Shocking new potential slayer revealed
Okay, I admit it. I was surprised by the latest episode of ”Buffy the Vampire Slayer.” Not just because the up-and-coming slayers — Rona, Vi, Kennedy, and Molly — are supposedly 15 years old. Nor because the gang gave us an unexpected treat by allowing harmless-yet-useless Andrew to stick around. (He provides the kind of dorky comic relief that Xander used to bring to the mix before he became too smart, sensitive, and responsible. So who cares if there’s no good reason why they don’t ship the murderous imp off to prison?)
No, the big surprise is that the newly discovered slayer-to-be is NOT Dawn, despite all of the clues, rumors, and spin-off speculations. Dawn parades through most of the episode wearing sad looks of disappointment — not only because she is missing out on the slayers-in-training fun, but also because she’s suffering a level of neglect usually reserved for the children of the rich and famous. Plus, there’s endless talk about who’s important and who isn’t (with Dawn glumly finding herself on the latter side of the fence). It always seemed inevitable that Buffy’s little sister will turn out to be the titular ”Potential,” that she’d finally come into the heritage that Buffy and many viewers expect with a sense of dread: Dawn, the next vampire slayer?
But then a funny thing happens. Once Dawn’s on that track, somehow it doesn’t seem like such a bad thing. After all, she’s pretty sharp. She’s strong and brave. And she sure knows how to put on lip gloss. So it seemed as if a series of inconsistencies had been added merely to heighten the drama. (Did everyone forget that Dawn has trained with Buffy before? That she already knows what it’s like to have her life depend on constant Scooby Gang protection? That she has performed powerful magic? Or that she was once ”The Key”? Did Dawn, herself, forget that moments before Willow’s finding spell she was yearning to be ”special”?) In any case, I was ready to accept that it is, in fact, time for Dawn to step up and pursue her supernatural destiny.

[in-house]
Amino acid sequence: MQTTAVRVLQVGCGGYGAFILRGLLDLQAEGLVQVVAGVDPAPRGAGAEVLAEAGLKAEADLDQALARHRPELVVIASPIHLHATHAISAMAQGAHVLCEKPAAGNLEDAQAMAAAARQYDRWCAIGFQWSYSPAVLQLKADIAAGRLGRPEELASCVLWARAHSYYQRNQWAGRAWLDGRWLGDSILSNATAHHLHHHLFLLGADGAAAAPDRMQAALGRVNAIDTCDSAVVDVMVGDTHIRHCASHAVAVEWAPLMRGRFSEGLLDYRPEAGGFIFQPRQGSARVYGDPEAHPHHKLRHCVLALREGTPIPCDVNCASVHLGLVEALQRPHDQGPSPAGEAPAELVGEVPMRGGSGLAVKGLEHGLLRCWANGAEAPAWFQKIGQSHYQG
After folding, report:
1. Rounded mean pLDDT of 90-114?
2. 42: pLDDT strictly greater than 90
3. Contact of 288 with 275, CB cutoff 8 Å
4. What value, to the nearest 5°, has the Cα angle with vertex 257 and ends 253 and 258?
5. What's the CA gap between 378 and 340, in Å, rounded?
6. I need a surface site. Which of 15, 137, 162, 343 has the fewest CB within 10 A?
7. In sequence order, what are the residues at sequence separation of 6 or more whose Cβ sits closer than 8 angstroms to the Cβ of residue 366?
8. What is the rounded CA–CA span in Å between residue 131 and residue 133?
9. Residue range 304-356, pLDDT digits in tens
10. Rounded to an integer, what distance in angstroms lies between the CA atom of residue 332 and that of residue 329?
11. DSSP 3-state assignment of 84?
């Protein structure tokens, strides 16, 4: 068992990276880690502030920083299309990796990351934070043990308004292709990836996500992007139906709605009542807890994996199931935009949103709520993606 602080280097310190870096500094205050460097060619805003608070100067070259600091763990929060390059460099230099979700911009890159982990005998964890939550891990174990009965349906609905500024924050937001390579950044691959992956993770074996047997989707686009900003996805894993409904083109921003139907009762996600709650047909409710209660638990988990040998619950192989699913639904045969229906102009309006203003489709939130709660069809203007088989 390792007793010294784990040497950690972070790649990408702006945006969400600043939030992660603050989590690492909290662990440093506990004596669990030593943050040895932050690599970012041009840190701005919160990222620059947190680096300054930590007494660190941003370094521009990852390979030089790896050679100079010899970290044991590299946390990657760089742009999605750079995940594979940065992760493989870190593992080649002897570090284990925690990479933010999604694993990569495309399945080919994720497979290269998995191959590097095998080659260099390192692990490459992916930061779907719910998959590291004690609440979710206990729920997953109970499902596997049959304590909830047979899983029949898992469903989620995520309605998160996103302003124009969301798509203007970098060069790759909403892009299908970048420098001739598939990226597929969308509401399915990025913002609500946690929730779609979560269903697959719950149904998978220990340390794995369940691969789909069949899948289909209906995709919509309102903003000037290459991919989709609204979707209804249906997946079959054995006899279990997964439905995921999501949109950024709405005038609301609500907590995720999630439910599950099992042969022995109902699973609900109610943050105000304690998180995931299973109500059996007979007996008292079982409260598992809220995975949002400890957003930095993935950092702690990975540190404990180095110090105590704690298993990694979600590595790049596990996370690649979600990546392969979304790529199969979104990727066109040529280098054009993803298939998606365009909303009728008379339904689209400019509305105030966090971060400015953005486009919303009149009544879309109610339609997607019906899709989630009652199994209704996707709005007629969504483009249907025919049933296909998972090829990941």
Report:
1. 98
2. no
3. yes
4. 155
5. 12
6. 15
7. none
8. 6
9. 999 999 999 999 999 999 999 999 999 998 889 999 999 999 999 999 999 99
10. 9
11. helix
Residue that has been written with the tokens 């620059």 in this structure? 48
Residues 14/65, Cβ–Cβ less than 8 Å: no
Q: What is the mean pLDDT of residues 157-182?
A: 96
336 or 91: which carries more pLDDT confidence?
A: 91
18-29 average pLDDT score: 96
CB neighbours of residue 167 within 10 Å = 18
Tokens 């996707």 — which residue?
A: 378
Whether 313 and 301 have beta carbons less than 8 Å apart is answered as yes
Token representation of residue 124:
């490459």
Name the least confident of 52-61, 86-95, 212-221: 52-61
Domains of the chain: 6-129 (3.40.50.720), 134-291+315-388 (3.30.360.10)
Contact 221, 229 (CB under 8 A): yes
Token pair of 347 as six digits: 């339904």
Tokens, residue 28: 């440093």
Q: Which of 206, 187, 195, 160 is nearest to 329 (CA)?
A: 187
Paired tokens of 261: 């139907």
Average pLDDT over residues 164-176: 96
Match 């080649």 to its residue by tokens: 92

Which is why the revelation of the actual slayer was such a shock. Amanda (”Freaks & Geeks”’s Sarah Hagan), the student who visits Buffy the Guidance Counselor to talk about a confusing crush, seems to have shown up merely to provide Buffy the opportunity to babble incoherently about her own historically violent and clearly unresolved relationship with Spike. The girl’s second appearance (after suspiciously trapping and escaping from a vampire, all on her own) looks as if it were calculated to let Dawn prove to herself that she IS capable of taking on the challenge of being a slayer.
Too bad it turns out to be someone else’s challenge. Stepping aside allows Dawn to show that she’s capable of being subtle, human, and mature, qualities that go beyond merely accepting the role of a hero because she was ”chosen.” Unfortunately, the only person who notices Dawn’s epiphany is Xander. His tribute to extraordinary ordinary people is melodramatic, but underwhelming. Even so, there’s still a positive outcome: If Dawn’s allowed to develop her potential as one of the few regular human beings of the ensemble, she’ll certainly become a more interesting character — and she could keep bringing interesting surprises to the show.
What do you think? Did Dawn’s struggle with mediocrity win you over?